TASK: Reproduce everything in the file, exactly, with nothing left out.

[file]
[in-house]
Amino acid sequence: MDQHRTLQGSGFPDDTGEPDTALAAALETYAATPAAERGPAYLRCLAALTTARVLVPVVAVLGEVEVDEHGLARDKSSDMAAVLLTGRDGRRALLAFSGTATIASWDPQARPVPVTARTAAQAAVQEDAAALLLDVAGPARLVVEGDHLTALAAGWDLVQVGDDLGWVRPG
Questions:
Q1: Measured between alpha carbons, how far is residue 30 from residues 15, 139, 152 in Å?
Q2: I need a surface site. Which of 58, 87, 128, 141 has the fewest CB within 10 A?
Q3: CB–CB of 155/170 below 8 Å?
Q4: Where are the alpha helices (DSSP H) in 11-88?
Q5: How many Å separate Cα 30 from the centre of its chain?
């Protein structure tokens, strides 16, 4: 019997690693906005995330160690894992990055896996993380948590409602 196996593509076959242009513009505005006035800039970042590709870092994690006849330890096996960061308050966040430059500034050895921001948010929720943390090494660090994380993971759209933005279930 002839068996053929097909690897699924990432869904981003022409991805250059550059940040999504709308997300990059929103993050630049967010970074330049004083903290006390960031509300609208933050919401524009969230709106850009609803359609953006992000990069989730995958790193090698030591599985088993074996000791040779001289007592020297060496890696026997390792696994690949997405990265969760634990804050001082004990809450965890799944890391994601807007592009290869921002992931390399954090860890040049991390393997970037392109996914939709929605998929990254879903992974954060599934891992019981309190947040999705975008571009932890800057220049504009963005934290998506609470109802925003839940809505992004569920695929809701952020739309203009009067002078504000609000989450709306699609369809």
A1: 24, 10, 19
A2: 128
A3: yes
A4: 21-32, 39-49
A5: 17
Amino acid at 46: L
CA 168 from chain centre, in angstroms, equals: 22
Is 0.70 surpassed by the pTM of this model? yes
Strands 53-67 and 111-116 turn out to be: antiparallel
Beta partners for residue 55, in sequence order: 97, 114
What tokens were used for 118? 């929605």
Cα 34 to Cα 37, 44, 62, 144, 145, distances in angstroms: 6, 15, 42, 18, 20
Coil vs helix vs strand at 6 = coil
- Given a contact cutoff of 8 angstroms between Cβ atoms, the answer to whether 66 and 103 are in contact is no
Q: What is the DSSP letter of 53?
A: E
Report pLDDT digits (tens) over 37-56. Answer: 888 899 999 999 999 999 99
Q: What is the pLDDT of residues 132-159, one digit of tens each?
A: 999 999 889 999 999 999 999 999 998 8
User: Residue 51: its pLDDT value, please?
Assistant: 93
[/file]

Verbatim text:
[in-house]
Amino acid sequence: MDQHRTLQGSGFPDDTGEPDTALAAALETYAATPAAERGPAYLRCLAALTTARVLVPVVAVLGEVEVDEHGLARDKSSDMAAVLLTGRDGRRALLAFSGTATIASWDPQARPVPVTARTAAQAAVQEDAAALLLDVAGPARLVVEGDHLTALAAGWDLVQVGDDLGWVRPG
Questions:
Q1: Measured between alpha carbons, how far is residue 30 from residues 15, 139, 152 in Å?
Q2: I need a surface site. Which of 58, 87, 128, 141 has the fewest CB within 10 A?
Q3: CB–CB of 155/170 below 8 Å?
Q4: Where are the alpha helices (DSSP H) in 11-88?
Q5: How many Å separate Cα 30 from the centre of its chain?
């Protein structure tokens, strides 16, 4: 019997690693906005995330160690894992990055896996993380948590409602 196996593509076959242009513009505005006035800039970042590709870092994690006849330890096996960061308050966040430059500034050895921001948010929720943390090494660090994380993971759209933005279930 002839068996053929097909690897699924990432869904981003022409991805250059550059940040999504709308997300990059929103993050630049967010970074330049004083903290006390960031509300609208933050919401524009969230709106850009609803359609953006992000990069989730995958790193090698030591599985088993074996000791040779001289007592020297060496890696026997390792696994690949997405990265969760634990804050001082004990809450965890799944890391994601807007592009290869921002992931390399954090860890040049991390393997970037392109996914939709929605998929990254879903992974954060599934891992019981309190947040999705975008571009932890800057220049504009963005934290998506609470109802925003839940809505992004569920695929809701952020739309203009009067002078504000609000989450709306699609369809």
A1: 24, 10, 19
A2: 128
A3: yes
A4: 21-32, 39-49
A5: 17
Amino acid at 46: L
CA 168 from chain centre, in angstroms, equals: 22
Is 0.70 surpassed by the pTM of this model? yes
Strands 53-67 and 111-116 turn out to be: antiparallel
Beta partners for residue 55, in sequence order: 97, 114
What tokens were used for 118? 């929605």
Cα 34 to Cα 37, 44, 62, 144, 145, distances in angstroms: 6, 15, 42, 18, 20
Coil vs helix vs strand at 6 = coil
- Given a contact cutoff of 8 angstroms between Cβ atoms, the answer to whether 66 and 103 are in contact is no
Q: What is the DSSP letter of 53?
A: E
Report pLDDT digits (tens) over 37-56. Answer: 888 899 999 999 999 999 99
Q: What is the pLDDT of residues 132-159, one digit of tens each?
A: 999 999 889 999 999 999 999 999 998 8
User: Residue 51: its pLDDT value, please?
Assistant: 93